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Nat Biotechnol. 2019 Jan 3. doi: 10.1038/s41587-018-0001-2. [Epub ahead of print]

Comprehensive identification of RNA-protein interactions in any organism using orthogonal organic phase separation (OOPS).

Author information

1
Cambridge Centre for Proteomics, Department of Biochemistry, University of Cambridge, Cambridge, UK.
2
Cambridge Centre for Proteomics, Department of Biochemistry, University of Cambridge, Cambridge, UK. ev318@cam.ac.uk.
3
MRC Laboratory of Molecular Biology, Cambridge, UK.
4
MRC Toxicology Unit, University of Cambridge, Leicester, UK.
5
Department of Biology, University of York, York, UK.
6
Cambridge Centre for Proteomics, Department of Biochemistry, University of Cambridge, Cambridge, UK. k.s.lilley@bioc.cam.ac.uk.

Abstract

Existing high-throughput methods to identify RNA-binding proteins (RBPs) are based on capture of polyadenylated RNAs and cannot recover proteins that interact with nonadenylated RNAs, including long noncoding RNA, pre-mRNAs and bacterial RNAs. We present orthogonal organic phase separation (OOPS), which does not require molecular tagging or capture of polyadenylated RNA, and apply it to recover cross-linked protein-RNA and free protein, or protein-bound RNA and free RNA, in an unbiased way. We validated OOPS in HEK293, U2OS and MCF10A human cell lines, and show that 96% of proteins recovered were bound to RNA. We show that all long RNAs can be cross-linked to proteins, and recovered 1,838 RBPs, including 926 putative novel RBPs. OOPS is approximately 100-fold more efficient than existing methods and can enable analyses of dynamic RNA-protein interactions. We also characterize dynamic changes in RNA-protein interactions in mammalian cells following nocodazole arrest, and present a bacterial RNA-interactome for Escherichia coli. OOPS is compatible with downstream proteomics and RNA sequencing, and can be applied in any organism.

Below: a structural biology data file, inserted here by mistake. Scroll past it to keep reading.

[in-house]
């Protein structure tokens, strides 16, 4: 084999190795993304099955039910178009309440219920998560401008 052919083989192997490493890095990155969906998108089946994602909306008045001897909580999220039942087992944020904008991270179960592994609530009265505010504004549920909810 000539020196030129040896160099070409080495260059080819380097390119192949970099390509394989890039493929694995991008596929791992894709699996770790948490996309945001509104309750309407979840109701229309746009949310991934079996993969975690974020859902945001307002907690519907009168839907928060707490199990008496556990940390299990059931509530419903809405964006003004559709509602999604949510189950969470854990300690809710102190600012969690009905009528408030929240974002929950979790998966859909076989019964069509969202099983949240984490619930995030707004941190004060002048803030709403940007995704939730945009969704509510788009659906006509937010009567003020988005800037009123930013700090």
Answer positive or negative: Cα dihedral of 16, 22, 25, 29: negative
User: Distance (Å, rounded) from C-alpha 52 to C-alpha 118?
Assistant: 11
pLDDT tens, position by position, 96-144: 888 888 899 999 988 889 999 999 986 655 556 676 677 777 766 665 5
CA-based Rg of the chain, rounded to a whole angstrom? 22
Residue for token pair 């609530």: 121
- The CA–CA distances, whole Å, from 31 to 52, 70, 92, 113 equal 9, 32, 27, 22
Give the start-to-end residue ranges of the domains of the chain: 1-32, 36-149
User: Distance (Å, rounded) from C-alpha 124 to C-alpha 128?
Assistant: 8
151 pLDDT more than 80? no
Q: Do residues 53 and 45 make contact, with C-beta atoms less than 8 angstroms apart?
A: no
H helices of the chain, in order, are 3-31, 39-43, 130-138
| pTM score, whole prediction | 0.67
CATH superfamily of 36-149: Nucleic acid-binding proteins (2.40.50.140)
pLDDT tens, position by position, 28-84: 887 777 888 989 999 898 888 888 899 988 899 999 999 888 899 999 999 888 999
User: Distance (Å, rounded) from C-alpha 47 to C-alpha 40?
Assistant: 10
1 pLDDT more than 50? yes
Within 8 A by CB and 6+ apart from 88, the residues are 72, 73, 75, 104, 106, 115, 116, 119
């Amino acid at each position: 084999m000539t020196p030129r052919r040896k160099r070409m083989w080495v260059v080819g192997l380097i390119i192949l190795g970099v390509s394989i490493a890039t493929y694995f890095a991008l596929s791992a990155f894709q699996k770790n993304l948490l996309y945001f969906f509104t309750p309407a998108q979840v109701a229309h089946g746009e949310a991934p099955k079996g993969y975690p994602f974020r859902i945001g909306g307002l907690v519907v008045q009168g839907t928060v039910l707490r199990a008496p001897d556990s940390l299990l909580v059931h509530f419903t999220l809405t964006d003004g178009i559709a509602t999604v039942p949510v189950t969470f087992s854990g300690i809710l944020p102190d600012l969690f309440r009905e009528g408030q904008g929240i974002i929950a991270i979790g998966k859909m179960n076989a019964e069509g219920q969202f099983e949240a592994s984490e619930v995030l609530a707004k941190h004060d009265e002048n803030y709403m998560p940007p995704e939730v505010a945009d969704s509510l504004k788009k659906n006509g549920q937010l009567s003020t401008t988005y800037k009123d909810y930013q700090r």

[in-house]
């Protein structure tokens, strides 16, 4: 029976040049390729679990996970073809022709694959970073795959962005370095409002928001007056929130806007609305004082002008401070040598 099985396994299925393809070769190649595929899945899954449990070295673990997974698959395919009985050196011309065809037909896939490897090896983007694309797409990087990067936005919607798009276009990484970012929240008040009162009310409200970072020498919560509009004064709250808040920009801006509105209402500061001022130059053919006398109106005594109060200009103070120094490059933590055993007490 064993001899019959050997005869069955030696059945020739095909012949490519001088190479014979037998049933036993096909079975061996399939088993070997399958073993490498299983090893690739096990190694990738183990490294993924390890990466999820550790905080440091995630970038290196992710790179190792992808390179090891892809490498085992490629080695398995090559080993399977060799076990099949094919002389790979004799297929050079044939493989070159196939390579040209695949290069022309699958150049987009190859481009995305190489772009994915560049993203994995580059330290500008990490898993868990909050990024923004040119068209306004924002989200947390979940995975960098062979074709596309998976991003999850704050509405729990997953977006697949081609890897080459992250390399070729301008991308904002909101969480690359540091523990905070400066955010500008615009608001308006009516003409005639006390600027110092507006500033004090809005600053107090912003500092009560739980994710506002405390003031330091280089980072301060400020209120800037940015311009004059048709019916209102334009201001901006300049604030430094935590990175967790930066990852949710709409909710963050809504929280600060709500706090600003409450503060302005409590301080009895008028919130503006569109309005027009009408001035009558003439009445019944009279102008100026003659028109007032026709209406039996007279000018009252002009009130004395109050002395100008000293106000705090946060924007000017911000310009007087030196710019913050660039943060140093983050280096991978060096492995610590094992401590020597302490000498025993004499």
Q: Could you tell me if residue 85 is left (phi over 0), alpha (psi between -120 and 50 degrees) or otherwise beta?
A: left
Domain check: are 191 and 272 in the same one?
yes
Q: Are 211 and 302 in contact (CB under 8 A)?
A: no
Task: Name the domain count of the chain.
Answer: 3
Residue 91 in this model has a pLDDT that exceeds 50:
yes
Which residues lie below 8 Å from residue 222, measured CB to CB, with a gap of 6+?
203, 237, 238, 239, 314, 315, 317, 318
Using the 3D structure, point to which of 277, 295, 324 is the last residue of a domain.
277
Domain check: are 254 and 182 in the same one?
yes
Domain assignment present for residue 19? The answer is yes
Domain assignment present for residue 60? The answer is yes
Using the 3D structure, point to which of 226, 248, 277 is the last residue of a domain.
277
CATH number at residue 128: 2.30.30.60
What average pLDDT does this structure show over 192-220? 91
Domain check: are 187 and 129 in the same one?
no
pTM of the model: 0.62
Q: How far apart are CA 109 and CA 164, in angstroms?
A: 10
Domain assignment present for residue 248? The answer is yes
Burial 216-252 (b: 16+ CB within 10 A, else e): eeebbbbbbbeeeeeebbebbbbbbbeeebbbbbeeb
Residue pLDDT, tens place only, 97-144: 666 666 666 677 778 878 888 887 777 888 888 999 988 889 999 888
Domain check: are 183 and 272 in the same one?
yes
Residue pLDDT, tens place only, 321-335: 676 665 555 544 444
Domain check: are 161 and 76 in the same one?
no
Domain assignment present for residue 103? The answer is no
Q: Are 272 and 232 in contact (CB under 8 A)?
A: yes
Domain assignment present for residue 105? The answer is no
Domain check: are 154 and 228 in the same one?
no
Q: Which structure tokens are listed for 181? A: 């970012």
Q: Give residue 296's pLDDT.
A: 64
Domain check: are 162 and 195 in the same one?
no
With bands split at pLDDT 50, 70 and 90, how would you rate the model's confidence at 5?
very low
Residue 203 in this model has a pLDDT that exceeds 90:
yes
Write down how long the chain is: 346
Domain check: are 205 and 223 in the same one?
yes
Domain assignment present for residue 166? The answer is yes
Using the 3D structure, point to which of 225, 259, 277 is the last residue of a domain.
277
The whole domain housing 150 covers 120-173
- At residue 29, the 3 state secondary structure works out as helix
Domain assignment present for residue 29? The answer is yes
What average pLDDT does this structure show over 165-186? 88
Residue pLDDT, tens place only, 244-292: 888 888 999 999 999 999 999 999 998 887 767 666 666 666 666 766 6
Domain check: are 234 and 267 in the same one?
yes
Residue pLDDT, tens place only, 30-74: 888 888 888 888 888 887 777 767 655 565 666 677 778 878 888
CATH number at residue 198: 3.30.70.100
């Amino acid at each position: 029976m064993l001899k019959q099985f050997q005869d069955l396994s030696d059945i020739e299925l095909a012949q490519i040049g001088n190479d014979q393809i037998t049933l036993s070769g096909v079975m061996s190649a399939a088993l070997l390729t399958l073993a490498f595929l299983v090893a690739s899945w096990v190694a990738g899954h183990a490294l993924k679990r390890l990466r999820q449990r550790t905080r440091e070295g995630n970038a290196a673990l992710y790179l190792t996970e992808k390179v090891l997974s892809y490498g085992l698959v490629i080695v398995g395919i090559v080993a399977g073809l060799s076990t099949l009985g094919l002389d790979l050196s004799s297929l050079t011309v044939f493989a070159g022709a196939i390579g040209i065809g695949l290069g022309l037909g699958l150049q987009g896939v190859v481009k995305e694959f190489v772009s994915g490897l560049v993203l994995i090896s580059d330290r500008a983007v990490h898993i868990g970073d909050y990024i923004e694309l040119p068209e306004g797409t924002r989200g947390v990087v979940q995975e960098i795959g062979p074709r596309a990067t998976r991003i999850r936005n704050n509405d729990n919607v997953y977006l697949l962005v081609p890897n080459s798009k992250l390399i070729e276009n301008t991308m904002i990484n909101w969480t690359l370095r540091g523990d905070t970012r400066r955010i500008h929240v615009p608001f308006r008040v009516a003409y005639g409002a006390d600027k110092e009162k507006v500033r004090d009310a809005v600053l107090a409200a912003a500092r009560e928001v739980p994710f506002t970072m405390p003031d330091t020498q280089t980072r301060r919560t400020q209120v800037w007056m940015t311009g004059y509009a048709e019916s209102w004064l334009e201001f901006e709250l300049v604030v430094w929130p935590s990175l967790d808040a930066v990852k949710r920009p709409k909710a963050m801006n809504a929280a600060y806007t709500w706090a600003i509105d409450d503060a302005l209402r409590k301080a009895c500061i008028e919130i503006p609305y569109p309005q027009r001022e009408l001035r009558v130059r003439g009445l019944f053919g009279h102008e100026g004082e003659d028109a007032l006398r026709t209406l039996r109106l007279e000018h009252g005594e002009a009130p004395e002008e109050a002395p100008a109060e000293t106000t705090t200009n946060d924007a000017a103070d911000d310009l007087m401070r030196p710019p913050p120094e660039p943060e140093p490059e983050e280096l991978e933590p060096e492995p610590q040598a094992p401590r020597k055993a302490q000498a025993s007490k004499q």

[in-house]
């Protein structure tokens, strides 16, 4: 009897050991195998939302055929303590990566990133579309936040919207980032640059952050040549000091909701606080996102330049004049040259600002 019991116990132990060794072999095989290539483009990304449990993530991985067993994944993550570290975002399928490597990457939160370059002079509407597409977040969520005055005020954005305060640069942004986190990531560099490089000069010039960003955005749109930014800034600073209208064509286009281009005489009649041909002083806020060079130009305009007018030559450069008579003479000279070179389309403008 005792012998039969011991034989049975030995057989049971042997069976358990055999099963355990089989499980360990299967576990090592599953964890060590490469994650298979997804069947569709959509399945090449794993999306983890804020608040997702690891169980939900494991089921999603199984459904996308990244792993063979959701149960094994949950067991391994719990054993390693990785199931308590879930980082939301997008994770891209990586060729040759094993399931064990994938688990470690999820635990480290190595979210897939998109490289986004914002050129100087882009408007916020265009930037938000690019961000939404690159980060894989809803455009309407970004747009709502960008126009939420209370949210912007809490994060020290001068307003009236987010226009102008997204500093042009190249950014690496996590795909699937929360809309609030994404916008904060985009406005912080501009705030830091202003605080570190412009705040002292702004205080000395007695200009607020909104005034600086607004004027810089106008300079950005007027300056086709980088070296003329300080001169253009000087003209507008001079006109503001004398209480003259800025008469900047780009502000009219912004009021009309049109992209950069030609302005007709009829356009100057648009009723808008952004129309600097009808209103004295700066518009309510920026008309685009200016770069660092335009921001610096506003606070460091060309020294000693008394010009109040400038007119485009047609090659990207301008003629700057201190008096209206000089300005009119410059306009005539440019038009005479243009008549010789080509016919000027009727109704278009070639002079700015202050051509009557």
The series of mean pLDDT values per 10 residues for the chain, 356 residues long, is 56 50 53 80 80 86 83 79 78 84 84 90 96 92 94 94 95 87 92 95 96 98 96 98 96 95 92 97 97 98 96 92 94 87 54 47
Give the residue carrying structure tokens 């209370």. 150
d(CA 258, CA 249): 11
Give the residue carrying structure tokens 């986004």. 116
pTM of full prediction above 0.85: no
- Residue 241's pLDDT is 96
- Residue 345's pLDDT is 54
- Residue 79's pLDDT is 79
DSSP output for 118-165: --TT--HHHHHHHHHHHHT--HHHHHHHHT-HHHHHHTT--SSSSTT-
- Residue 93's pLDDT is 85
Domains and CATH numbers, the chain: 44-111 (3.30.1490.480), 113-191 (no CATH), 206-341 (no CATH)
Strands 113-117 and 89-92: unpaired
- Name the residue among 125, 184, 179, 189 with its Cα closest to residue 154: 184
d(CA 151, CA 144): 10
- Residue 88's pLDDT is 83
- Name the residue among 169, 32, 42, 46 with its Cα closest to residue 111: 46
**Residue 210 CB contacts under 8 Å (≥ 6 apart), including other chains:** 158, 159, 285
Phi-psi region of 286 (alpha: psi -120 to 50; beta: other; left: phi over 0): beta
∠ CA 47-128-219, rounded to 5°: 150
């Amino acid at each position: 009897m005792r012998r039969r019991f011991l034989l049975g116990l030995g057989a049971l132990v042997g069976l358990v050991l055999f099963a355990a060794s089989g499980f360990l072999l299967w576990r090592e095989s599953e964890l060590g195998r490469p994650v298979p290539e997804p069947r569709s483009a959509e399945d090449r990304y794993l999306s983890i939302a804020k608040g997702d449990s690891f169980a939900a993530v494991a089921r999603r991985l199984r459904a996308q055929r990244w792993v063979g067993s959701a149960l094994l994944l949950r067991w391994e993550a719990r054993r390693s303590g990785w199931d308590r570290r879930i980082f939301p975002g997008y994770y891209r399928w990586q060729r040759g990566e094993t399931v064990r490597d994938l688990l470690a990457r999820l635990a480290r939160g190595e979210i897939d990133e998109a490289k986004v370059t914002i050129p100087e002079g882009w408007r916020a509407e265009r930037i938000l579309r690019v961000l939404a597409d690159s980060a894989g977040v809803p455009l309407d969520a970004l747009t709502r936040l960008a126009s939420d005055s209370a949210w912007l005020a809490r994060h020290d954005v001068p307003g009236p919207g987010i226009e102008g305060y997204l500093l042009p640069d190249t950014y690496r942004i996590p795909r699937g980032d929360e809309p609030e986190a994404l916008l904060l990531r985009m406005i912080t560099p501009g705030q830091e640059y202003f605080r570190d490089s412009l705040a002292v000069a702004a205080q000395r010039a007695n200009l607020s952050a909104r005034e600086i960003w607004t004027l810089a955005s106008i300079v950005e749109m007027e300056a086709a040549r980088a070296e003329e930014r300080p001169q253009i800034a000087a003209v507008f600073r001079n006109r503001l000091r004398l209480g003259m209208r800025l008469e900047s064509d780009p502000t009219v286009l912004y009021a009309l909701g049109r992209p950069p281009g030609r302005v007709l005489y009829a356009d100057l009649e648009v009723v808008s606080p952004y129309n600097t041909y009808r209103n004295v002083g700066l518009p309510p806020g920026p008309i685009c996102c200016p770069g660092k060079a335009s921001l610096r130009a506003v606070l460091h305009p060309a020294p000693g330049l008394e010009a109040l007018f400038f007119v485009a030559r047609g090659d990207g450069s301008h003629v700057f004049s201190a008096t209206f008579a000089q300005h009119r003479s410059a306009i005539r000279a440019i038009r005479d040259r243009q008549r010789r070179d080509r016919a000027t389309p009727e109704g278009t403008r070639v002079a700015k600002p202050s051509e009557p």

PMID:
30607034
DOI:
10.1038/s41587-018-0001-2

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